The following review was first published in the Scottish Bulletin of Evangelical Theology 33/2 (Autumn 2015), pp. 272-73 [http://j.mp/SBET2015Autumn]. I am grateful to the editor of SBET for permission to reproduce the review here.
Reading Koine Greek: An Introduction and Integrated Workbook. By Rodney J. Decker. Grand Rapids: Baker Academic, 2014. ISBN: 978-0-8010-3928-7. xxxi + 672 pp. £32.95.
Despite all kinds of challenges, the task of learning New Testament Greek is still a fundamental part of theological education. And rightly so. There is, therefore, still a market for introductory textbooks on Greek grammar. There have been many developments, however, in approaches to teaching Greek since the days when every Greek student knew the name ‘Wenham’. There have also been significant developments in the way in which scholars understand the Greek of the New Testament, but Greek textbooks have not always reflected these developments.
Rodney Decker was, until his untimely death in 2014, a significant voice in the discussions about the impact of recent linguistic research on our understanding of New Testament Greek. His own new introductory textbook is, therefore, to be warmly welcomed. There are several notable features of this book:
First, it is attractively produced. The book is a well-produced hardback volume and the two-colour pages are laid out clearly and attractively in readable type [Edit 14 March 2017: A number of students who have used the book have commented that the Greek font is rather small for those who, like myself, do not have perfect eyesight. This is particularly challenging when trying to differentiate breathing marks.] Various other Greek textbooks have also improved their visual appeal greatly over the years. A user-friendly design is always appreciated.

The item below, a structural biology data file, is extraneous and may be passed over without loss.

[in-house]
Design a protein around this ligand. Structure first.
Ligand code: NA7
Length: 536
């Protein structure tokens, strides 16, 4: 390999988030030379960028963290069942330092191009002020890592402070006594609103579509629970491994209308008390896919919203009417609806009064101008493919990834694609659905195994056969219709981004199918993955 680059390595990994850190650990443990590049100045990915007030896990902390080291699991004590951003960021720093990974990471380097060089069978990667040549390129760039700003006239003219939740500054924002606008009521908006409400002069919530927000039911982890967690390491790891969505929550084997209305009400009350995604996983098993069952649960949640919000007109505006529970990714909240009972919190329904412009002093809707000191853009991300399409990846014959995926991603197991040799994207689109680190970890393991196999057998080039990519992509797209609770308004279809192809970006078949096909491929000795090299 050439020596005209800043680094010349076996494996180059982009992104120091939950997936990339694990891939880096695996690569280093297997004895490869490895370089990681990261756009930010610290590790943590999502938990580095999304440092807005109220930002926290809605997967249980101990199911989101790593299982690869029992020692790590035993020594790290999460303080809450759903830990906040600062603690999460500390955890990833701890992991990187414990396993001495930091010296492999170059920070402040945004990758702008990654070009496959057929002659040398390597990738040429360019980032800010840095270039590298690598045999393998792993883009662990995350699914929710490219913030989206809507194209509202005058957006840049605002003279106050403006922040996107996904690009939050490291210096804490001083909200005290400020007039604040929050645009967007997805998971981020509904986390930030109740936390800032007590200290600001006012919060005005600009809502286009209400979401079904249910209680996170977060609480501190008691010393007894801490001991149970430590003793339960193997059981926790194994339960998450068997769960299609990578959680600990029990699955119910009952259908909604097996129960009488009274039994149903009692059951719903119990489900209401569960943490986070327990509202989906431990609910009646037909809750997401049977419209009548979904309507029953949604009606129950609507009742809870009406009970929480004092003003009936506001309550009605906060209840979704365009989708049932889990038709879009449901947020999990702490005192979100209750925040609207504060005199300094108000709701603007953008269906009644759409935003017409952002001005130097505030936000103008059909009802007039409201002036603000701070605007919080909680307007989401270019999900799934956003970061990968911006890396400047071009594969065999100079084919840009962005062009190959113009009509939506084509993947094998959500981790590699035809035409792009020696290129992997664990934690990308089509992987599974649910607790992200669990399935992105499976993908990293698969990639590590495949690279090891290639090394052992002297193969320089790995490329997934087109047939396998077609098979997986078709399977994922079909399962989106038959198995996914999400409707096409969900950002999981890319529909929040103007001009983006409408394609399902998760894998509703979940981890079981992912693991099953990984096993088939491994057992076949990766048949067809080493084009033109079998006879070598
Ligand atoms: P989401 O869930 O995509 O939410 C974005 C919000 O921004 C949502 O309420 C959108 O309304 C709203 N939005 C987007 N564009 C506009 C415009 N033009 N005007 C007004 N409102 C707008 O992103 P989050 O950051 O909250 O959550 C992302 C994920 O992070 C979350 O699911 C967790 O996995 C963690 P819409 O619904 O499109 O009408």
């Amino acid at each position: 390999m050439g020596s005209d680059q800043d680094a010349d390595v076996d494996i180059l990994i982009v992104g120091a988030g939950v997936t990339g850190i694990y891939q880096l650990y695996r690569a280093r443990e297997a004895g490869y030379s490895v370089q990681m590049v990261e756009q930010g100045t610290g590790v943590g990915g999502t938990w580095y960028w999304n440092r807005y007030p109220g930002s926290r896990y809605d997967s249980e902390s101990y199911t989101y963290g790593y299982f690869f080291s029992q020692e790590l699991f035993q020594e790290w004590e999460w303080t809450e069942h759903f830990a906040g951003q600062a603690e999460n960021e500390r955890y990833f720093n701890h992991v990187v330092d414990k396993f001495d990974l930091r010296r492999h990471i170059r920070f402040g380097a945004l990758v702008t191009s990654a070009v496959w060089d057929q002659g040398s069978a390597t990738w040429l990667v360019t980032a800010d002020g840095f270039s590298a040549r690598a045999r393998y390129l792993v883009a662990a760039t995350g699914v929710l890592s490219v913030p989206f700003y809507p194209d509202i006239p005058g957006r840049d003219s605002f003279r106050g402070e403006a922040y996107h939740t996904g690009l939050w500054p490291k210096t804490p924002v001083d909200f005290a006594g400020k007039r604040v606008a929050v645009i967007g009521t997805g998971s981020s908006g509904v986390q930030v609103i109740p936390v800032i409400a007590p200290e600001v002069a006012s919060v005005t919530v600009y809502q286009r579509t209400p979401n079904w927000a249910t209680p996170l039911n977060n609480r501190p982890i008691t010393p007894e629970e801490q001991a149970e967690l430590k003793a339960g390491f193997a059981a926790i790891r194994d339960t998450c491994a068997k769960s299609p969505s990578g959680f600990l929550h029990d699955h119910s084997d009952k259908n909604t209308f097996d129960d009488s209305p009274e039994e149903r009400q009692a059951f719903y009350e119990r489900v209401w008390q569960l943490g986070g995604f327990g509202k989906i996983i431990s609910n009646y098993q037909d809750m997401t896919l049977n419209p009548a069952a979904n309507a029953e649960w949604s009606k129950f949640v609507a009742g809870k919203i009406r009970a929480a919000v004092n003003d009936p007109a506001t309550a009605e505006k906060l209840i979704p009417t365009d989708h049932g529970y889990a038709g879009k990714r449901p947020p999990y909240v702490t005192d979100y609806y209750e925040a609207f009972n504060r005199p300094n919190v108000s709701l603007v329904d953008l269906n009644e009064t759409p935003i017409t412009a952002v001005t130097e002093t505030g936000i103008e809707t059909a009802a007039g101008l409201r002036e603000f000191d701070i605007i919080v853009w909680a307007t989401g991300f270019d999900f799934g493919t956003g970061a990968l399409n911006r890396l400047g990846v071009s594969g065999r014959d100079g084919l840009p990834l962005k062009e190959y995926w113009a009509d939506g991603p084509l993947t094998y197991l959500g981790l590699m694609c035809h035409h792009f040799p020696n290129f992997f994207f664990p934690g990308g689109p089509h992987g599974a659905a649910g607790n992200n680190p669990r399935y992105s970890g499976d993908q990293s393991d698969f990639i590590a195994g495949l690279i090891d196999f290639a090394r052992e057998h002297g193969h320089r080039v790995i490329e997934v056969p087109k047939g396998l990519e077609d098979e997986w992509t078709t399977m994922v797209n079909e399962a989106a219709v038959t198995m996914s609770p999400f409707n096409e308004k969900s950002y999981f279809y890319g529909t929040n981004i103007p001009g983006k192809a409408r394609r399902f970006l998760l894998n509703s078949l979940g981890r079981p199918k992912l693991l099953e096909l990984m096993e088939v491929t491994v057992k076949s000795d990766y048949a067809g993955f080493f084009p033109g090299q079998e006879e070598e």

Second, it draws on good teaching practice, such as clear outlines of the material to be covered in a chapter, explanations of technical terms, friendly language encouraging student participation, well-pitched exercises, occasional text boxes with tips and interesting information, sections of real text (including texts from the NT, the LXX and early Christian writings) to read from the earliest stages, and more besides.
Third, it draws on current linguistic research. I might mention three ways in which this is evident. It is reflected in the way tenses are discussed. Decker highlights the significance of ‘aspect’ (the way in which an author chooses to present an action) in discussion of the various tense forms as opposed to time or Aktionsart (the actual nature of the action). Recent research is also incorporated by the complete absence of the word ‘deponent’. You will not find that term anywhere in the index or in the book (as far as I could see)! Instead, verbs which would once have been described as ‘deponent’ are described as ‘middle-only verbs’, thus taking account of the distinct tone of the middle voice. Finally, when Greek vocabulary is introduced at the end of a chapter, it is given with a substantial definition as well as briefer ‘glosses’, so as to show something of the richness of the words and to avoid a simplistic identification of the word with a single gloss. These are valuable contributions.
Fourth, as the subtitle indicates, this book contains both teaching material and exercises in a single volume. While this makes for a rather substantial book, it is convenient for students and helps keep the overall cost fairly reasonable.
Fifth, the level of explanation in the book has been designed to go somewhat beyond the most basic elements of the study of Greek so that more advanced students and even experienced readers of the Greek New Testament will find help in the discussions of grammatical points.
Not all readers will agree with every decision that Decker has made with regard to how to teach New Testament Greek. But this textbook has a good claim to provide a well-informed introduction for students who are learning in a class or independently. I hope many will benefit from it and that, through it, many will discover the delight of reading Koine Greek for themselves.
Alistair I. Wilson, Highland Theological College UHI